Center Manager, Haight Ashbury Free Clinics Smith House/Smith Ryan Residential Detox for Women
As of April 8, 2008, I have been in long-term recovery for 7 years and 8 days. With every passing day, this number changes. Every day is better than the last; each is a true blessing. I was dependent on crack cocaine, alcohol, and marijuana. As with many people with addictions, I started off with recreational use, which quickly became abuse. I then became completely addicted.
Once I got into recovery, I heard all of these traumatic stories of why people were addicted. Some were abused, abandoned, molested, and more. None of those things happened to me. I had a secure family, a great childhood. However, I now know that addiction doesn't care who you are.
The day I celebrated being clean for 2 years, the center manager of Lodestar House, where I received treatment, called me and asked if I wanted to come work for the program. I was shocked because I didn't think she was serious. I became an on-call counselor for the program. Soon, I became a permanent part-time counselor. Not long after that, I was promoted to a primary counselor at Lodestar House, where I would lead treatment groups. I couldn't believe that I was working full time, providing for my family, and helping people who were just like me before treatment.
I couldn't have gotten clean and sober without my family. My kids lived with my mother and grandmother during the last six months of my addiction when I couldn't take care of them. They all helped each other. My grandmother took care of my newborn when I was in treatment, and when I was at my lowest point, she was so supportive of me. My life has completely turned around, and I am so lucky to have the opportunity to help others do the same.
Reverend Hugh Tudor Foley
Priest and Treatment Center Chaplain
In 2001, I was confronted for my increasing alcoholic behavior - drinking at work, which happens to be a church - and a visible lack of ability to function. As a result, I went to Silver Hill Hospital in New Canaan, CT. The gifts I received there gave me the foundation of recovery that continues today. Much of my work as a priest reflects what I have learned from meetings, sponsors, reading, and study. The wisdom I have discovered, as I see my Higher Power working through others, continues to be awesome.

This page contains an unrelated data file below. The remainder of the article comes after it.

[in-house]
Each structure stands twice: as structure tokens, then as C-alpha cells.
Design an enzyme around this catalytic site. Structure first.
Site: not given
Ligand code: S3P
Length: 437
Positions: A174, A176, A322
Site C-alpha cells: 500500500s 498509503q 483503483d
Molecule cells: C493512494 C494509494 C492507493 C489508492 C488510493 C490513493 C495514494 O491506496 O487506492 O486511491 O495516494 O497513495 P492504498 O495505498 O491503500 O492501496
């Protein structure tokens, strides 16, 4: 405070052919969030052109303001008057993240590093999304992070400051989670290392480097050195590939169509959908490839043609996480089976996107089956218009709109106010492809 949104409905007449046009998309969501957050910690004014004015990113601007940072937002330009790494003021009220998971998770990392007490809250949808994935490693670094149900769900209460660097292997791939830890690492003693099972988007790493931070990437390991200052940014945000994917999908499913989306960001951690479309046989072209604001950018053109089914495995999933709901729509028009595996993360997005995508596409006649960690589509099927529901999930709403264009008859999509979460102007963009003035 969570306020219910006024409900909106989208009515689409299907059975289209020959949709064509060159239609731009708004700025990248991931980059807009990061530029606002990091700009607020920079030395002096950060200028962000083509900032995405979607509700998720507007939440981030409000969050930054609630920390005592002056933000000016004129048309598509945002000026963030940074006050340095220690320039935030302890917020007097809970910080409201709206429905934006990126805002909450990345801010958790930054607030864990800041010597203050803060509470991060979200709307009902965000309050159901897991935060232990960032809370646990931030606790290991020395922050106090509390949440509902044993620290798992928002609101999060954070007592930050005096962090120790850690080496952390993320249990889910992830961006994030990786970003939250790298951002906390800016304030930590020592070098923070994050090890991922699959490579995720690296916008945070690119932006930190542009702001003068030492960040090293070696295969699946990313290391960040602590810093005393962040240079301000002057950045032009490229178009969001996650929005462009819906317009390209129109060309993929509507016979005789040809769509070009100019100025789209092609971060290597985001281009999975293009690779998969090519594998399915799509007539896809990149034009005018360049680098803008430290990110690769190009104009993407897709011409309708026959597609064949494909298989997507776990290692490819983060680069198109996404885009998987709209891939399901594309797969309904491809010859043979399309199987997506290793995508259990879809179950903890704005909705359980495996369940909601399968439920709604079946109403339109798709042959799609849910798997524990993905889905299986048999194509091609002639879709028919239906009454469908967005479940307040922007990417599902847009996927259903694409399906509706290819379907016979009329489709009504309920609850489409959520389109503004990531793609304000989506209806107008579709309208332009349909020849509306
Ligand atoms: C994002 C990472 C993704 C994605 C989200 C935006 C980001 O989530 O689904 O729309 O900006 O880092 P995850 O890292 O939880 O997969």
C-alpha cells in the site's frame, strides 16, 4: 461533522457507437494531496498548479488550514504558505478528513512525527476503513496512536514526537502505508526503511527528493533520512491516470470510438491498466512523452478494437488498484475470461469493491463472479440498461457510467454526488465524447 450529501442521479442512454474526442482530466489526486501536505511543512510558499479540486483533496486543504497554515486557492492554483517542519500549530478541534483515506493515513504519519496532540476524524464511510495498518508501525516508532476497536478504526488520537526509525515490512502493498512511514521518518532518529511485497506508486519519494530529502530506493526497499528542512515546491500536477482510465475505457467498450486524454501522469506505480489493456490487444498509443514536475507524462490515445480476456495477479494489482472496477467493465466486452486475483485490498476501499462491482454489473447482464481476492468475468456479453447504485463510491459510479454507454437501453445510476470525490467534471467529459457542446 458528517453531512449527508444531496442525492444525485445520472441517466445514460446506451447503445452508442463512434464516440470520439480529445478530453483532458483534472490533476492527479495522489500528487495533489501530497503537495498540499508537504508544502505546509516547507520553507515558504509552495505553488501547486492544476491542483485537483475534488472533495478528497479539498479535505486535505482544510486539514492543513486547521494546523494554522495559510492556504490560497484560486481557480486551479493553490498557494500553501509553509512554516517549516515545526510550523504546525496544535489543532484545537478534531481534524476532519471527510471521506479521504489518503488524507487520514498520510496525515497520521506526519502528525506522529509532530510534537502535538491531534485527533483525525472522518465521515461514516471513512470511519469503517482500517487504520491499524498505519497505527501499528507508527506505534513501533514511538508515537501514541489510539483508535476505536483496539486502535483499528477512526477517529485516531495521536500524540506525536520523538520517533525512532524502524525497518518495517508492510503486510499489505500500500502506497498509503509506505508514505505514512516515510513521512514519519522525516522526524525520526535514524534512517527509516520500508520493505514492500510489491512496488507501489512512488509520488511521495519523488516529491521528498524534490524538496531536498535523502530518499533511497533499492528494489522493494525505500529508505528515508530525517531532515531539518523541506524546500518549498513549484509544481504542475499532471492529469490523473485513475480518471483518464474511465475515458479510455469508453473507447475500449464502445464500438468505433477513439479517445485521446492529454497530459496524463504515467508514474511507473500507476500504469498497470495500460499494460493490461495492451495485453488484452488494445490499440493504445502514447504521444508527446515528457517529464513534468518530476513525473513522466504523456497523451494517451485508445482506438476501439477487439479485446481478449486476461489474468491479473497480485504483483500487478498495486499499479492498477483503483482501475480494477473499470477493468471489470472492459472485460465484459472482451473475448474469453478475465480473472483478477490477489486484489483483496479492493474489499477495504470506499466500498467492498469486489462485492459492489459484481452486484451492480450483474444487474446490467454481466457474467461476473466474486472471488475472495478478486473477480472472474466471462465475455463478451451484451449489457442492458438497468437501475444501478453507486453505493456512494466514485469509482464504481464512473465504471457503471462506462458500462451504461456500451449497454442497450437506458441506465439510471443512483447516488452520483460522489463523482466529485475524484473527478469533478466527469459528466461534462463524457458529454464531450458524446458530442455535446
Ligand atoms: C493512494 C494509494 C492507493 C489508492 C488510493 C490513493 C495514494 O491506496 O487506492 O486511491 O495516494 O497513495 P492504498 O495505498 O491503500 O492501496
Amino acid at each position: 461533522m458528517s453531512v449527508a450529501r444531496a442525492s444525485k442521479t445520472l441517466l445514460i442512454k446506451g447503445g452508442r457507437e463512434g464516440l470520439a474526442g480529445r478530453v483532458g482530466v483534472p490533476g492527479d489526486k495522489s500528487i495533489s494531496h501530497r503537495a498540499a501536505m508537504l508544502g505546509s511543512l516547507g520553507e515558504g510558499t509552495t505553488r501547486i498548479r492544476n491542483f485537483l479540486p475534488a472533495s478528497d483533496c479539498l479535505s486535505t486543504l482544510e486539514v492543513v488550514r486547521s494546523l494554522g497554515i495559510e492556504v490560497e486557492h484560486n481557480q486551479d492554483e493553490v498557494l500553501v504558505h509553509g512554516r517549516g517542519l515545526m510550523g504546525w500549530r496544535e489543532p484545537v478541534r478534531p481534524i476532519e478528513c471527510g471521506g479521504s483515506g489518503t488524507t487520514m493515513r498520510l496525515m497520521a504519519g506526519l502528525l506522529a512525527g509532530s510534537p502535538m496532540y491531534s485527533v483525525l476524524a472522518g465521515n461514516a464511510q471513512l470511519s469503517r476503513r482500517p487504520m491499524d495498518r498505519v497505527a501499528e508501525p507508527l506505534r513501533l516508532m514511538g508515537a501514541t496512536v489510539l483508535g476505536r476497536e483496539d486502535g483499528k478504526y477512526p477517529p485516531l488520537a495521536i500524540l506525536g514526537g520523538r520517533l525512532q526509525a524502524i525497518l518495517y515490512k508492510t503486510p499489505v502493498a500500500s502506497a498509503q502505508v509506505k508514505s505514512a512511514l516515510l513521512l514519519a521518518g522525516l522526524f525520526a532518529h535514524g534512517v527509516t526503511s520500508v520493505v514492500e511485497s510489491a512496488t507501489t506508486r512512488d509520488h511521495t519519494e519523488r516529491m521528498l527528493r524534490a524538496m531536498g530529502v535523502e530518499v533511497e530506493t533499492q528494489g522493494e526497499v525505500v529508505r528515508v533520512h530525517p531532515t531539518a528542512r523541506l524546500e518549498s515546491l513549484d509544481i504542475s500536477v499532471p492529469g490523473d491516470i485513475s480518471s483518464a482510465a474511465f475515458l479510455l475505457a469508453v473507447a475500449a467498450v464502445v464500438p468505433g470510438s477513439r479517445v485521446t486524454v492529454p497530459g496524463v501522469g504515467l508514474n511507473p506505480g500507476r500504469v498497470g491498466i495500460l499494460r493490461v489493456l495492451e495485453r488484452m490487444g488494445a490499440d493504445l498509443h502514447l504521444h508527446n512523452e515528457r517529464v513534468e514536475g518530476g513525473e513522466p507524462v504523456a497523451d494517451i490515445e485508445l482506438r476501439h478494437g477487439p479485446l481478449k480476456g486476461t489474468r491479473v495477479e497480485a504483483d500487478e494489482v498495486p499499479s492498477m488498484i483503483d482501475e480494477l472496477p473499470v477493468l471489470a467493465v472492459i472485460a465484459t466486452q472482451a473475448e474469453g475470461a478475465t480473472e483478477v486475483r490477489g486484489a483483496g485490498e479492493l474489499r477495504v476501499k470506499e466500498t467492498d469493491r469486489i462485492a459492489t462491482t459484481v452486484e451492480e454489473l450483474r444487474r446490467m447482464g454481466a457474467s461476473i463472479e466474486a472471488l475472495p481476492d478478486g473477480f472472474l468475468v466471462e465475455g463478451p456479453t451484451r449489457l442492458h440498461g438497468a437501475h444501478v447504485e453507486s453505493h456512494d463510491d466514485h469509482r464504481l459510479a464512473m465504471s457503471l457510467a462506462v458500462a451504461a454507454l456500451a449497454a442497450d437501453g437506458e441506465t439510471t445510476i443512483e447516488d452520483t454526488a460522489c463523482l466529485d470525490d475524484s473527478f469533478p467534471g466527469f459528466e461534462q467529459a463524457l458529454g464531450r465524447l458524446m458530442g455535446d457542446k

In addition to my parish service, I have begun a part-time chaplaincy at my treatment alma mater, Silver Hill Hospital. As I walk the same paths on that campus today that I walked as a patient, I am reminded daily of the gifts of recovery. The acknowledgement that spirituality plays a major role in recovery by clinicians encourages my own ministry. As chair of two diocesan committees on substance abuse, I have discovered that education of clergy is critical to helping so many who are in harm's way. I try to follow the example of the many in recovery before me, while the support group to which I belong and all who attend remain anonymous. I am open about my continuing recovery so I can teach, counsel, and write. I encourage public awareness and clergy understanding, and I am an advocate for legislative support for equality in insurance coverage for addiction recovery and mental illness.
Donald Kurth, M.D.
Chief of Addiction Medicine, Loma Linda University Behavioral Medicine Center
I count my recovery starting with my sobriety date, October 8, 1993; it was a long journey to get to that day. I was just a kid, really, when I started getting involved with alcohol and drugs. I come from a family where drinking is a part of many social activities, and it seemed to me that getting drunk and knowing how to drink was a rite of passage when I was growing up.